We all need inspiration. When it comes to immigrant success stories in the United States, there’s plenty of inspiration to go around.
In the words of President John F. Kennedy (a third-generation Irish immigrant), “Every American who has ever lived, with the exception of one group, was either an immigrant himself or a descendant of an immigrant.”
Immigrants built America. Some came to the U.S. seeking freedom and safe harbor from persecution, while others sought the promise of economic opportunity. Today, men and women from around the world add to the legacy of titans like Albert Einstein, Levi Strauss, and Ayn Rand, who all came to America and left it forever changed.
Drawing from icons of the late 20th century, here are six inspirational immigrants who changed the U.S. for the better:
Elisabeth “Liz” Claiborne (Belgium)
An entrepreneurial legend, Liz Claiborne and her family fled Belgium for the United States at the onset of World War II. After completing her education, she worked as a fashion designer in Hollywood and around the globe. In 1976, she founded her own company.
Liz Claiborne Inc. revolutionized the way working women dressed and dominated the fashion market. When Liz Claiborne Inc. made the Fortune 500 list in 1986, it became the first company founded by a woman to do so.
Following Claiborne’s death in 2007, Liz Claiborne Inc. officially became Kate Spade & Company in 2014.
Guillermo Del Toro (Mexico)
Not only is he among Mexico’s most famous immigrants, Guillermo Del Toro is also among the most successful directors currently working in Hollywood. Born in Guadalajara in 1964, Del Toro began making waves in the entertainment business before the age of 30.
Following the success of his first film, Cronos, Del Toro moved to America and made international blockbusters including Blade II, Hellboy, and Pacific Rim. He won Academy Awards for Pan’s Labyrinth (2006) and The Shape of Water (2017), for which he was awarded Best Director and Best Picture.
Del Toro is a staunch advocate for immigrants. When he received his star on the Hollywood Walk of Fame, he encouraged his fellow immigrants to “believe in the possibilities and not the obstacles. Believe in the stories you have inside, and believe we can all make a difference.”
Sergey Brin (Russia)
A co-founder of Google, Sergey Brin was born in the Soviet Union in 1973. After settling into America, he attended Montessori School in Maryland and earned his graduate degree in Computer Science at Stanford University.
While at Stanford, Brin and his intellectual partner Larry Page pursued the concept of a large-scale web search engine. Officially launched in 1998, Google forever changed the way people research and acquire information.
Hailed as the 20th century Johannes Gutenberg, founder of the printing press, Brin became a billionaire by 2004. Today, he is the ninth richest man in the world, with a net worth of $65 billion.
Madeleine Albright (Czechoslovakia)
The daughter of a diplomat, Madeleine Albright and her family lived in exile during the Nazi takeover of Czechoslovakia during World War II. A few years after Hitler’s defeat, she arrived at Ellis Island in 1948 and settled in New York City.
After earning her Ph.D. at Columbia University, Albright officially entered the political world as a National Security Council liaison in the Carter Administration. In 1993, President Bill Clinton nominated her to be the American ambassador to the United Nations.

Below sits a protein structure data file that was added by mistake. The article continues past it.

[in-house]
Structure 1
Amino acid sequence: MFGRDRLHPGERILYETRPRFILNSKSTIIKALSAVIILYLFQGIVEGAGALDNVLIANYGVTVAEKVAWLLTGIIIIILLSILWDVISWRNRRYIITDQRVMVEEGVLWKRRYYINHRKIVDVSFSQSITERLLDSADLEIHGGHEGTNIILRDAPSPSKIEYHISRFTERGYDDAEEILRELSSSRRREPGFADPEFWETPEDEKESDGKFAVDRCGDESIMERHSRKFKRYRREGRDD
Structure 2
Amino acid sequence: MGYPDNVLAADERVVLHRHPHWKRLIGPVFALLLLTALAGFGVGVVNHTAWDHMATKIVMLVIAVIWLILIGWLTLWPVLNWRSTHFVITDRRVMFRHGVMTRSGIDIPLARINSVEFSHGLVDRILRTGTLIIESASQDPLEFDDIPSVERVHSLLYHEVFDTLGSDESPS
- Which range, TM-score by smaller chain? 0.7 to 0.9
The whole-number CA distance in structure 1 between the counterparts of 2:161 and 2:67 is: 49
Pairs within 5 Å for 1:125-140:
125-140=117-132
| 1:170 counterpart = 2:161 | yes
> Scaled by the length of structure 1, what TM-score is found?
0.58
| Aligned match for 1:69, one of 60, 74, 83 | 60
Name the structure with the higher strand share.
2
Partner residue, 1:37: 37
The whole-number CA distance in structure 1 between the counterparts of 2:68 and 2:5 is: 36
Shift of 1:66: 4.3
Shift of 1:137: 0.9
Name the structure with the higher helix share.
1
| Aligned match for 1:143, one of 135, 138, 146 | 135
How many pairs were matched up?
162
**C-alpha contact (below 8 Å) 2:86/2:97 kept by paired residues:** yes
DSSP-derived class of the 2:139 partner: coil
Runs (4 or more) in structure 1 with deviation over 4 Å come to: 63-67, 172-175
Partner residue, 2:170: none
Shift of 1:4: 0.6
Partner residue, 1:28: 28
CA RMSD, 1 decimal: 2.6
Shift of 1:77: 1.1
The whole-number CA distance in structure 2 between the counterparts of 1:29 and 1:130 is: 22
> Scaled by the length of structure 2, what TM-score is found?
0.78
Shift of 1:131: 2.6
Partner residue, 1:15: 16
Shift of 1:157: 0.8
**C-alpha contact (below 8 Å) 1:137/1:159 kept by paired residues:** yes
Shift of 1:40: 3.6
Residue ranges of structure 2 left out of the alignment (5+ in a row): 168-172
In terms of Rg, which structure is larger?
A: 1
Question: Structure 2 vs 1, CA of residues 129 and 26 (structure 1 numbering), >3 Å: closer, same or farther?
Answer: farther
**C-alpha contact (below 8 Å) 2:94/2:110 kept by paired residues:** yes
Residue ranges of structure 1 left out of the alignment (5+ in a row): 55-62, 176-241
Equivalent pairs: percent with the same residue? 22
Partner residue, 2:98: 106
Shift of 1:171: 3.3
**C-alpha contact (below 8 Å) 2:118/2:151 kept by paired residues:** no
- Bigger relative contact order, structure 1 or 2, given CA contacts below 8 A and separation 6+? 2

Soon after, she joined the Clinton administration as Secretary of State, where she oversaw foreign policy during the conflicts in Bosnia and Herzegovina.
In addition to her countless honorary degrees and awards, President Obama awarded Albright the Presidential Medal of Freedom in 2012.
Hamdi Ulukaya (Turkey)
The son of Kurdish goat farmers, Hamdi Ulukaya was born in Turkey in 1972. His nomadic family made their living by making and selling feta cheese and yogurt across Asia Minor.
After completing his education in America, Ulukaya established his first business in upstate New York. While his feta cheese farm proved only modestly profitable, it led to a more ambitious idea: to bring the delicious, strained yogurt his family made in Turkey to the United States. At the time, Americans were more accustomed to watery brands like Yoplait.
After years of preparation, Chobani yogurt was finally born.
By 2007, Hamdi began shipping Chobani (a derivation of the Turkish word for “shepherd”) to New York retailers. By 2012, when Chobani became an official sponsor of the U.S. Olympic Team, he was sending his yogurts around the world.
Today, Ulukaya has a net worth in excess of $2 billion, while Chobani remains the top-selling Greek yogurt in the United States.
Arianna Huffington (Greece)
One of Time Magazine’s “100 Most Influential People,” Arianna Huffington built a media empire with her famed news aggregator, The Huffington Post.
Born in Athens, Greece in 1950, Huffington began her prolific writing career in the 1970s. After settling in America, she wrote biographies about legendary artists like Maria Callas and Pablo Picasso while simultaneously making a name for herself on Capitol Hill. Over the course of her career, her political activism engaged both sides of the conservative and liberal spectrum.
In 2005, she founded The Huffington Post, and in 2011, the website was sold to AOL for $315 million. Beyond her successful writing and publishing career, Huffington also campaigned against Arnold Schwarzenegger in the 2003 California gubernatorial race.
Today, Huffington continues to author new books while expanding her consulting group, Thrive Global.
American success stories are immigrant success stories. While it’s easy to fixate on the most famous immigrants, there are millions more working around the clock to achieve their most cherished goals.
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